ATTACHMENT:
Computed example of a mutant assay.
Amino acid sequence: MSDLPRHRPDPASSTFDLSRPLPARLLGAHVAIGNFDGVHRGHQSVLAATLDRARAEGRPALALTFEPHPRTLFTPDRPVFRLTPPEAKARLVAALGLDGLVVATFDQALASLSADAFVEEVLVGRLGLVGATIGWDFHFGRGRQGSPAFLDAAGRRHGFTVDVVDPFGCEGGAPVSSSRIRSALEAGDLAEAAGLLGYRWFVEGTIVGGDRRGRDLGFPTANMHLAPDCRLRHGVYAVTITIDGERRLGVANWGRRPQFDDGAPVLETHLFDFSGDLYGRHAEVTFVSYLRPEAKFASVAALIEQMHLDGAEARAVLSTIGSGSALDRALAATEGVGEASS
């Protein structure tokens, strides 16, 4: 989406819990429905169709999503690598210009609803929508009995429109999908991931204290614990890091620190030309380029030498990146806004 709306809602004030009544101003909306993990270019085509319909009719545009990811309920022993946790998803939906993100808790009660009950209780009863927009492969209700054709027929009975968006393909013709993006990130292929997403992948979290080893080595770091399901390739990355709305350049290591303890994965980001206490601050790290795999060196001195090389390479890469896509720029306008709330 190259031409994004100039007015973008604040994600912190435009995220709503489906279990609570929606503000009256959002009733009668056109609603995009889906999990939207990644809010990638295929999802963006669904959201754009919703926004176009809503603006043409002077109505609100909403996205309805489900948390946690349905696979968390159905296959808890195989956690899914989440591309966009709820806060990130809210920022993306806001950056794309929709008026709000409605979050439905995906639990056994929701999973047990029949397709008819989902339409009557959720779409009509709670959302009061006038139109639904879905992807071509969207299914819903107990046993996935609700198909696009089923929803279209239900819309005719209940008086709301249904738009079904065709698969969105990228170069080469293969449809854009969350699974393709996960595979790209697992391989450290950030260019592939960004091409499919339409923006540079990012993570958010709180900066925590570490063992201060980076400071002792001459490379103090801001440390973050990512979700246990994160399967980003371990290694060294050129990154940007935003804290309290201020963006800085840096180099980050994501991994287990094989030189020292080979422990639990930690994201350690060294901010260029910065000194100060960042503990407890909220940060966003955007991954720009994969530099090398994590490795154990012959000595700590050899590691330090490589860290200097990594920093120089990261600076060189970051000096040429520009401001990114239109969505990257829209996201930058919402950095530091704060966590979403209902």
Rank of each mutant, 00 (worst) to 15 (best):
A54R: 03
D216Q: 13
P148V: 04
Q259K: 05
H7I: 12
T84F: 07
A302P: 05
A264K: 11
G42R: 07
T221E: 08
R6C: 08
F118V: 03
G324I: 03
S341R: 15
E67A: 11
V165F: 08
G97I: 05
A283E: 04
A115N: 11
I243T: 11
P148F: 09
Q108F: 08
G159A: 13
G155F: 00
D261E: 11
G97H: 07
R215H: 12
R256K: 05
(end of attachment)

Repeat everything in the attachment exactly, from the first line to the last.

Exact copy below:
Computed example of a mutant assay.
Amino acid sequence: MSDLPRHRPDPASSTFDLSRPLPARLLGAHVAIGNFDGVHRGHQSVLAATLDRARAEGRPALALTFEPHPRTLFTPDRPVFRLTPPEAKARLVAALGLDGLVVATFDQALASLSADAFVEEVLVGRLGLVGATIGWDFHFGRGRQGSPAFLDAAGRRHGFTVDVVDPFGCEGGAPVSSSRIRSALEAGDLAEAAGLLGYRWFVEGTIVGGDRRGRDLGFPTANMHLAPDCRLRHGVYAVTITIDGERRLGVANWGRRPQFDDGAPVLETHLFDFSGDLYGRHAEVTFVSYLRPEAKFASVAALIEQMHLDGAEARAVLSTIGSGSALDRALAATEGVGEASS
């Protein structure tokens, strides 16, 4: 989406819990429905169709999503690598210009609803929508009995429109999908991931204290614990890091620190030309380029030498990146806004 709306809602004030009544101003909306993990270019085509319909009719545009990811309920022993946790998803939906993100808790009660009950209780009863927009492969209700054709027929009975968006393909013709993006990130292929997403992948979290080893080595770091399901390739990355709305350049290591303890994965980001206490601050790290795999060196001195090389390479890469896509720029306008709330 190259031409994004100039007015973008604040994600912190435009995220709503489906279990609570929606503000009256959002009733009668056109609603995009889906999990939207990644809010990638295929999802963006669904959201754009919703926004176009809503603006043409002077109505609100909403996205309805489900948390946690349905696979968390159905296959808890195989956690899914989440591309966009709820806060990130809210920022993306806001950056794309929709008026709000409605979050439905995906639990056994929701999973047990029949397709008819989902339409009557959720779409009509709670959302009061006038139109639904879905992807071509969207299914819903107990046993996935609700198909696009089923929803279209239900819309005719209940008086709301249904738009079904065709698969969105990228170069080469293969449809854009969350699974393709996960595979790209697992391989450290950030260019592939960004091409499919339409923006540079990012993570958010709180900066925590570490063992201060980076400071002792001459490379103090801001440390973050990512979700246990994160399967980003371990290694060294050129990154940007935003804290309290201020963006800085840096180099980050994501991994287990094989030189020292080979422990639990930690994201350690060294901010260029910065000194100060960042503990407890909220940060966003955007991954720009994969530099090398994590490795154990012959000595700590050899590691330090490589860290200097990594920093120089990261600076060189970051000096040429520009401001990114239109969505990257829209996201930058919402950095530091704060966590979403209902």
Rank of each mutant, 00 (worst) to 15 (best):
A54R: 03
D216Q: 13
P148V: 04
Q259K: 05
H7I: 12
T84F: 07
A302P: 05
A264K: 11
G42R: 07
T221E: 08
R6C: 08
F118V: 03
G324I: 03
S341R: 15
E67A: 11
V165F: 08
G97I: 05
A283E: 04
A115N: 11
I243T: 11
P148F: 09
Q108F: 08
G159A: 13
G155F: 00
D261E: 11
G97H: 07
R215H: 12
R256K: 05